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Destination New Zealand

The grand slam was over. In fact, I almost didn’t pull the trigger on that Florida bird because I didn’t want it to end. Every turkey hunter loves to plan trips and find new turkey land. And, once the spring is over, you may wonder what’s next. I looked toward New Zealand for the answer.
My trip started in late October, which is actually spring in New Zealand. After arriving in Gisborne, a town located on the eastern seaboard of New Zealand’s North Island, I met my guide John Wolf from Paradise Hunters. John and I took a three-hour ride down the seaboard to Hawke Bay and then headed inland to the sheep ranch where we would be hunting.
We arose the next morning to an overcast and rainy day. As we all know, spring means turkey hunting in the rain — no matter where you go. We started out at a spot where John knew some turkeys were roosted. As it became light out, I could not believe my eyes — the beautiful mountain terrain was green as green could get. As I was taking in the beauty, John was trying to get my attention. He said we needed to relocate because our morning setup was not going to pay off.
As we moved on we heard a tom gobbling off in the distance and saw a hen moving in a draw below us. We moved in on the tom and tried a few setups with no luck. As the gobbler was pulled away by the hen, it became apparent that hen turkeys south of the equator didn’t mind spoiling a hunt in much the same way as their northern-hemisphere counterparts.
Later in the morning we spotted two toms gobbling and feeding down a hill along a fencerow. We tried to set up in a strategic calling position, but as we were moving we bumped the birds and split them up. I thought the game was up until one bird put himself in position for us to establish a good setup that would allow us to work him. After several calls had invoked thunderous gobbles from the tom, he finally strutted his way to within 15 yards — and I ended up with my first New Zealand longbeard.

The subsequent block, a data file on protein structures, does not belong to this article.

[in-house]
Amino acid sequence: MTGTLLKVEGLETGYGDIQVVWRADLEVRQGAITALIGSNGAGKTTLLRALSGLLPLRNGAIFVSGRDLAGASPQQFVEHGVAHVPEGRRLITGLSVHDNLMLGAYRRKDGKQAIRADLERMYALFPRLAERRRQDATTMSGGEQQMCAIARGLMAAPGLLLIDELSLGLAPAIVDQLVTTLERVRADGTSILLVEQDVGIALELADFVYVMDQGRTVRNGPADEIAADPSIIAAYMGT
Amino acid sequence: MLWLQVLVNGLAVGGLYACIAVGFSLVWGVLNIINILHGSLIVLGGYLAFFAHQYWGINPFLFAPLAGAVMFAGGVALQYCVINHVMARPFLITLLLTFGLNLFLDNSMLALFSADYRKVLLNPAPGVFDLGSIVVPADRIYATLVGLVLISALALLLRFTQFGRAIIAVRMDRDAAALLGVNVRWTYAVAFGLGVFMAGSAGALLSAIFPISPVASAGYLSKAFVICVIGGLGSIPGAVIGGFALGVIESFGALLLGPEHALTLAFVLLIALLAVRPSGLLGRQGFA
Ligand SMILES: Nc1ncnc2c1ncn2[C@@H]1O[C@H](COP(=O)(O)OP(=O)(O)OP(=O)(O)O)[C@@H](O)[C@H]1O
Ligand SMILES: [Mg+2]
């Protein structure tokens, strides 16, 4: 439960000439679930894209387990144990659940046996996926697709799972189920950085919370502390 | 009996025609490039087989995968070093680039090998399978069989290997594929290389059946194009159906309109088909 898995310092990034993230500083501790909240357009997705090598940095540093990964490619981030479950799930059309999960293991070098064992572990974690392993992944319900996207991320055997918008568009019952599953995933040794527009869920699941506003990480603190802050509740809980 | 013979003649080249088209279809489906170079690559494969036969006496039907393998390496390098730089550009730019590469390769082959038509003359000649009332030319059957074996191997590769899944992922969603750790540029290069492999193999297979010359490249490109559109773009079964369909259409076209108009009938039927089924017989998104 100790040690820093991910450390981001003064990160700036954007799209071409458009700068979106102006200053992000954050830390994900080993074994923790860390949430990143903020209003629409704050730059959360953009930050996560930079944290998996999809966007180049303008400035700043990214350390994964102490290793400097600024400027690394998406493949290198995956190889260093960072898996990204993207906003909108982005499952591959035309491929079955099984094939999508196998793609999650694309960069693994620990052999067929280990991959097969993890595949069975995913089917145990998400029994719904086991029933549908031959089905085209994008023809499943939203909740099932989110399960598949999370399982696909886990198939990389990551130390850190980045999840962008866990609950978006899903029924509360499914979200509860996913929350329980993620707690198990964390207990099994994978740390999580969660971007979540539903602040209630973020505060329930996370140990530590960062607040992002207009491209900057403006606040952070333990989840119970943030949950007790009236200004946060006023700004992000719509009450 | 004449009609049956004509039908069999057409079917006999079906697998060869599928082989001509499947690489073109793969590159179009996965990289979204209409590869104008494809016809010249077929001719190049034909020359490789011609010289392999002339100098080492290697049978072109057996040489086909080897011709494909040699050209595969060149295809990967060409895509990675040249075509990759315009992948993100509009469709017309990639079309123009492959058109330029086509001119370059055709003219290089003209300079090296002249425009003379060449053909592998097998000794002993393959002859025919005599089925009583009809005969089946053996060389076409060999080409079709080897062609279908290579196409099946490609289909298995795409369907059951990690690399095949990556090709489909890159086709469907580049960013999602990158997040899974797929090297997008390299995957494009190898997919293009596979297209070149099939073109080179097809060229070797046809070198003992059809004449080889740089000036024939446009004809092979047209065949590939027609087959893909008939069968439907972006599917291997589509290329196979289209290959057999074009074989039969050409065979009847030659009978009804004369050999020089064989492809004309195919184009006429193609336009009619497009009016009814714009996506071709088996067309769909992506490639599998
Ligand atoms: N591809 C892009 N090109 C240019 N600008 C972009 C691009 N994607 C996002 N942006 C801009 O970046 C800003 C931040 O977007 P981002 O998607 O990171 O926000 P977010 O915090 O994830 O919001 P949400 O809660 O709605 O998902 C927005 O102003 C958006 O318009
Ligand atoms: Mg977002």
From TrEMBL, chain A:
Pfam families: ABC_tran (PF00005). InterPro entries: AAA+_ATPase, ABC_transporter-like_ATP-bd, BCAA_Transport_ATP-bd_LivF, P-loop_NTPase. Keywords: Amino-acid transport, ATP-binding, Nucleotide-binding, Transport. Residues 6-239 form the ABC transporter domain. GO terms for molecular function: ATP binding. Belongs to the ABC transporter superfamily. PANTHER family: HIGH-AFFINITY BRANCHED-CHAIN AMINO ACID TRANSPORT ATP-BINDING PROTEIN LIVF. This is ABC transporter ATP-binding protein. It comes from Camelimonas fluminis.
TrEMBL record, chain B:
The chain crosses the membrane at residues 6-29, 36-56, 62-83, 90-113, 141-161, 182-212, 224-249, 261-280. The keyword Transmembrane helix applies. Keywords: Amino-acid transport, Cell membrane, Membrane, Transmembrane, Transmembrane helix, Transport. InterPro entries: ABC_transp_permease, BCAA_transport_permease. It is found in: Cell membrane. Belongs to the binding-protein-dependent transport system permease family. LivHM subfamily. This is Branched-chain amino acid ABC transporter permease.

Later that day, after stopping by the farmhouse to dry off and grab a cup of tea, we headed back out in search of more turkeys. The ranch we were hunting was huge, and it literally was home to thousands of sheep. As we were driving around on the ATVs, we saw some nice red stags, a lot of feral goats and, of course, a ton of sheep.
We stopped the quads and hiked to the top of a hill so we could do some glassing. At the time, I was living in Colorado and had the opportunity to take advantage of the great views the Rocky Mountains had to offer, but this scenery was nothing short of breathtaking.
As I glassed the surrounding area, I saw mobs of turkeys everywhere I looked. In fact, only one other time had I seen numbers of turkeys like this, and that was in South Dakota. Much like the landscape, it was unbelievable.
John and I eventually spotted some nice toms and decided to go after them. We hiked to a spot we felt was a good setup location and called, but we were a just little too far away for the birds to hear us. So, John and I split up, and we each called from our respective locations. As luck would have it, the toms worked their way right toward me. The birds actually came so close that when I squeezed the trigger on the longbeard directly in front of me, I had time for a second shot at another tom. Wow, I had shot three toms in one day! And, as a result, New Zealand was my new favorite place to hunt turkeys. READER 1.jpg
John came over to see the toms and congratulated me. After some quick photos, we loaded up the birds and headed back to the farmhouse to have dinner and reflect on the day’s hunt.
I would recommend New Zealand to anyone who is looking for an exhilarating turkey hunting trip, whether they have completed a grand slam or are just looking for a new experience.

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